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Saturday, April 5, 2008

Top-Down approach to simplify your CSS code

What is the correct approach to design a CSS file? Today I want to return to talk about a topic very popular on my blog about which I already dedicated two popular posts (optimize your CSS files to improve code readability and write a well structured CSS file without becoming crazy). Now I want to try to reply to this question I often receive from some readers of this blog:

What is the correct approach to design a CSS file?
In this post I want to illustrate some tips which can help you to write a better CSS code using a Top-Down approach.

Top-Down approach
I think the best way to design a CSS file is using a top-down approach, in other words first defining the main sections of your layout (in general an high-level design is composed from 4-6 main section) and after defining all single elements which compose these sections. So you can proceed to write your code in a more structured way avoiding unnecessary code. In fact, defining main sections is simple and not so problematic. The "unwanted code explosion" happens when you define the detail elements. To simplify this process take a mind these two simple "rules":
- minimize the number of CSS elements
- use/redefine HTML standard tag (P, H1, UL, LI...) instead of creating new classes
For example, in your blog, to design the post title style you can redefine <h1> tag instead of defining a new class "post-title".

Define main sections
How I said, before starting to write your CSS code you must have clear in mind which are the main sections of your page layout. For example, in case of a blog with a typical 2 columns layout you can identify these main sections:

Your high-level layout is composed from these section:
1. Header (#header)
2. Main content section (#main-content)
3. Sidebar (#sidebar)
4. Footer (#footer)
Second step is identify all elements which compose each section. Take a look at the following example to have an indea about how to proceed.

Header section
A typical header section contains the website logo and the navigation bar:

You can inlcude the website logo in the CSS background property of #header element in the following way:

#header{background:url(logo.png) no-repeat;}

Someone could say: "but in this way I can't add a link to my home page to the logo". Yes, but I think this is not a dramatic issue which compromises the usability of your site. If you add a link "home" in the navigation bar is exactly the same thing. So, you can design your navigation bar using <ul> tag with a <li> element for each link you need (home, about, contact...). In this way your CSS code will be something like this:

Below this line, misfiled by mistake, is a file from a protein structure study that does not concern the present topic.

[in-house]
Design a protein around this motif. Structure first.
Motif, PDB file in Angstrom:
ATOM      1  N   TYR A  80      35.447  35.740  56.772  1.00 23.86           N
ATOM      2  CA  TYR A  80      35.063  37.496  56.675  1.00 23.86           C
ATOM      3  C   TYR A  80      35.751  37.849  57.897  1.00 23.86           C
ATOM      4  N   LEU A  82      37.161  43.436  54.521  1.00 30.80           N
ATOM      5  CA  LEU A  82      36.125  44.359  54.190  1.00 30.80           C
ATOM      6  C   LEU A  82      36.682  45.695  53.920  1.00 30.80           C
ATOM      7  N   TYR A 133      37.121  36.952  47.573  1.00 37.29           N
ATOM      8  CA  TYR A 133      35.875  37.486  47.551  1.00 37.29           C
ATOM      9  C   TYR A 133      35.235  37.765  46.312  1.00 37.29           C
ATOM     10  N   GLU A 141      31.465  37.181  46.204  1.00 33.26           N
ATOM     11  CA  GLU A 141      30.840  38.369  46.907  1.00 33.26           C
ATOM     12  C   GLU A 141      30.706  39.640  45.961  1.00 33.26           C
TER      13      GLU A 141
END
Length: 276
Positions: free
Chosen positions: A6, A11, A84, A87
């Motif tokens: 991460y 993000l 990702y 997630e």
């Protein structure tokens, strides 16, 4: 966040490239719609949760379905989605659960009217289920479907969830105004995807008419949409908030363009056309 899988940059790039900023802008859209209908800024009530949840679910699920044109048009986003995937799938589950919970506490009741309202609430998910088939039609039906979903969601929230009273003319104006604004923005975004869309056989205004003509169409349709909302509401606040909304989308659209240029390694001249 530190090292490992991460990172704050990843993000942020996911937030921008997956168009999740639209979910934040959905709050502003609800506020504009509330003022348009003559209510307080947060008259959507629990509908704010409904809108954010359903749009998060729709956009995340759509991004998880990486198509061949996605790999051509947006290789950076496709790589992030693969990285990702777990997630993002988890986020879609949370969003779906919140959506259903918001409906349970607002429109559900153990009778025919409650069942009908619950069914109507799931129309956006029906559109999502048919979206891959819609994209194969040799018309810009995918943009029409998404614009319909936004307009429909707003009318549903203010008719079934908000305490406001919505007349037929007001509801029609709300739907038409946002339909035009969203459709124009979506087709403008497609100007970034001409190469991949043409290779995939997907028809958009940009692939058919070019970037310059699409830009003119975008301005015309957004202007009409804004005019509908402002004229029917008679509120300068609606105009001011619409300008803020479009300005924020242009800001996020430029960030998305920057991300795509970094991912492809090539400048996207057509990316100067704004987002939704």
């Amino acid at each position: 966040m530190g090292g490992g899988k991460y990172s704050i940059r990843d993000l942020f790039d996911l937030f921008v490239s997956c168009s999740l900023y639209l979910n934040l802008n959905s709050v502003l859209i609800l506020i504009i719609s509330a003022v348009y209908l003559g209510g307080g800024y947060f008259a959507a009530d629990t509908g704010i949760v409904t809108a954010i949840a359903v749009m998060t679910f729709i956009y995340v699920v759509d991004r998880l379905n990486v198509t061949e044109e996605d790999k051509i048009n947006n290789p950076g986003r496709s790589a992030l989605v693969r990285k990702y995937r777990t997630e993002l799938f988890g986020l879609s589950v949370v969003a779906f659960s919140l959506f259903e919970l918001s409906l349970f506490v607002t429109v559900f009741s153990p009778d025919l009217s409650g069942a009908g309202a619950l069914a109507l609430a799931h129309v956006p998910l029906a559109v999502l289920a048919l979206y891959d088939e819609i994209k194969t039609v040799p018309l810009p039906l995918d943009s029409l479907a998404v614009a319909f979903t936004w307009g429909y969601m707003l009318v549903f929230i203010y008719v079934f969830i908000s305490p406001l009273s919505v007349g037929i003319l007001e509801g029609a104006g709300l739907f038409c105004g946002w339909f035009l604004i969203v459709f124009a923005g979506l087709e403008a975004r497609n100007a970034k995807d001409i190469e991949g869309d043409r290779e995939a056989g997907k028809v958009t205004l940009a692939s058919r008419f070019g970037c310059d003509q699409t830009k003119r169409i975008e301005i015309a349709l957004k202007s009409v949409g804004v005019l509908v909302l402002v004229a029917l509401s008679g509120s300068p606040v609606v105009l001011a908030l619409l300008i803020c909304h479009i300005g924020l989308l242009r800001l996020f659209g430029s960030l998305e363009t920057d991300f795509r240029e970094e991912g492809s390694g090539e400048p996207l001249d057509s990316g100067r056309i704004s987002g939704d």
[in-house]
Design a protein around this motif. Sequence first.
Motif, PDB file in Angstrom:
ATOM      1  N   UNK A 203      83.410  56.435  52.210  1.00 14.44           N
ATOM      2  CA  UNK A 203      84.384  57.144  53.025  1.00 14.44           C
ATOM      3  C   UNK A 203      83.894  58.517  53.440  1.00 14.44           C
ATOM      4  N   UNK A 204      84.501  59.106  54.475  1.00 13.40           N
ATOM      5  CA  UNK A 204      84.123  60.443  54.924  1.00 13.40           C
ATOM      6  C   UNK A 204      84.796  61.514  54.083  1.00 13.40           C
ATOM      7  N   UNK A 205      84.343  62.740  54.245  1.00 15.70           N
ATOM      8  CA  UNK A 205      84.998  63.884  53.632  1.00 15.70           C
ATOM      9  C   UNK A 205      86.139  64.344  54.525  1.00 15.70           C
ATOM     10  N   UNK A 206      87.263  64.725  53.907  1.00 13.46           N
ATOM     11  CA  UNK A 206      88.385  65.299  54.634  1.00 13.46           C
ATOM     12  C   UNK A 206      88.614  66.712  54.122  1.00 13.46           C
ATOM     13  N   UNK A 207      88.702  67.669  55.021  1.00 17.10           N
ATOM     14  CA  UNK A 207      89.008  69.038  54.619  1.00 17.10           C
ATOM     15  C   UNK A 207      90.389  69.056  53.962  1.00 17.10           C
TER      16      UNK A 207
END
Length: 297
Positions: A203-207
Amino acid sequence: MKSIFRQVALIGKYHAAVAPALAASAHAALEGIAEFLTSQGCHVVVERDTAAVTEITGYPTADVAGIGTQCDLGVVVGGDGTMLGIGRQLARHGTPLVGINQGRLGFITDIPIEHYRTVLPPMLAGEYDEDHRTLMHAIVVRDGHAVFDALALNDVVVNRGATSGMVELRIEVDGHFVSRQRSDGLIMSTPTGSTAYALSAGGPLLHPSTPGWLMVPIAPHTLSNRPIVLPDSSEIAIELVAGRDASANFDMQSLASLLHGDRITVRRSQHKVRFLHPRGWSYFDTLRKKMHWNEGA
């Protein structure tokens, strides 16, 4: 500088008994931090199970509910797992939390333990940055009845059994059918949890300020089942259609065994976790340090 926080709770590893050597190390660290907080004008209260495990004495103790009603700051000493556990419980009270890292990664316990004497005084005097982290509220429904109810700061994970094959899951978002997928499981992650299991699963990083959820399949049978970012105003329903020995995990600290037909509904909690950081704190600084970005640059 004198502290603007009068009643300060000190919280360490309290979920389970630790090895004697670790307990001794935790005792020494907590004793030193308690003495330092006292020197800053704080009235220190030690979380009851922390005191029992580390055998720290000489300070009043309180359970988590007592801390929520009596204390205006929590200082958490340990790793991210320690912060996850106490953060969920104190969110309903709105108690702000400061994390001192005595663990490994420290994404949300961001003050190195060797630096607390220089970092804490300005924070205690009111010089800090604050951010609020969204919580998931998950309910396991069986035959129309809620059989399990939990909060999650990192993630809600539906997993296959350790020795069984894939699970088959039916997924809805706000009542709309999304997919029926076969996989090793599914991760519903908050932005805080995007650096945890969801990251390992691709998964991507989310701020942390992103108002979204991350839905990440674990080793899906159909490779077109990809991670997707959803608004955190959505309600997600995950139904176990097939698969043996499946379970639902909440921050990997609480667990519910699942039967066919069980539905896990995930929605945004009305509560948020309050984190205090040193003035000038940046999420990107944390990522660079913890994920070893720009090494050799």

How you can see, you don't need to define a class "#navigation-bar" beacuse your navigation bar is defined using <ul> tag in the #header section (#header ul, #header ul li). In this way your code will be clear and simpler to manage. In any case, to improve the CSS code readability I suggest to use comments to separate each single section element and indent your CSS code.

Main content section
In a typical blog structure, the main content section contains in general the body of post (title, date, text, tag...) and it can be represent in this way:

So, a good way to design it using CSS is redefining these standard HTML tag for the #main-content section:
- Post section paragraph (<p>)
- Post title (<h1>)
- Post date (<h2>)
- Post tag (<small>)
...and CSS code will be something like this:

... simple and very readable.

Another example: take a look at my sidebar. It contains some section which you can design in this simplifyed way, using just <h1> and <p> tag:

...and CSS code will be like the following:

I suggest to use this simple approach to all sections of your websites. I think it can help you to write a better code simplifying in the same time the complexity of your CSS files. Take a look at the following related content links to find other infos about this topic.

Related content
Optimize your CSS files to improve code readability
Write a well structured CSS file without becoming crazy

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Anonymous said...

Interesting post! Thanks!

Steve said...

Love the site. Today's blog is helpful as always...

Antonio said...

@steve: thanks for your support!

subsomatic said...

Great post! I take a very similar approach myself but always leave the logo as an actual image so that it will show if the css doesn't load (for whatever reason). What are you thoughts?